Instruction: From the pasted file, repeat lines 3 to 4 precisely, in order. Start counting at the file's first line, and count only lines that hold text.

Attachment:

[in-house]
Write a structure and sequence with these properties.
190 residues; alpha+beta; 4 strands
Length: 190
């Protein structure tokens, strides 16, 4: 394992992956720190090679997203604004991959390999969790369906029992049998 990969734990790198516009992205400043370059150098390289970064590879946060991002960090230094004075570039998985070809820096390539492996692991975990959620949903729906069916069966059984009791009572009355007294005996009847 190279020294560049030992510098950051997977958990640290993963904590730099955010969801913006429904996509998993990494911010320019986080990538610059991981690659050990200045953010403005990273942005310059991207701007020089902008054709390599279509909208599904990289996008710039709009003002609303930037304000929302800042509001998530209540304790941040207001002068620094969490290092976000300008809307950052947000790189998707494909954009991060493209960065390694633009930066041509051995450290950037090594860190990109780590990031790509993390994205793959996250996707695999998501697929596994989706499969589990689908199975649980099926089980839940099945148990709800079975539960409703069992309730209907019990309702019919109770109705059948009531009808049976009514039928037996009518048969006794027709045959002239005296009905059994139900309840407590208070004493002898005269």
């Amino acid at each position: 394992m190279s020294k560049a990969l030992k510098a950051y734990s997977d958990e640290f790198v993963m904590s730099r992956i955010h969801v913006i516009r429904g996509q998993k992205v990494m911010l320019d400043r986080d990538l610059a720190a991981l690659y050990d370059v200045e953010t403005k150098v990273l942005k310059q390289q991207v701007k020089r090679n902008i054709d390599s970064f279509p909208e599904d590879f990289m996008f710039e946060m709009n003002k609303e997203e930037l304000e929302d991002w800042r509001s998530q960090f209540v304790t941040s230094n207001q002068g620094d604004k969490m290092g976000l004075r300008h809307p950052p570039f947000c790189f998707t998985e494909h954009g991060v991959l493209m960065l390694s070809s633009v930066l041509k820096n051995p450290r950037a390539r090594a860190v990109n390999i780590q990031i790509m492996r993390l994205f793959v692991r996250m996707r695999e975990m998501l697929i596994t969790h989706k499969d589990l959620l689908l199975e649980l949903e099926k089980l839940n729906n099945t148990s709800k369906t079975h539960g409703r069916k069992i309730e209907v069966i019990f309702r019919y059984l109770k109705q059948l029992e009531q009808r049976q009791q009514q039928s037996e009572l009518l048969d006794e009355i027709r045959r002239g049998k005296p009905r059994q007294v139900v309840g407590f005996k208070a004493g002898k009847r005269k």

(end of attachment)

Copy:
190 residues; alpha+beta; 4 strands
Length: 190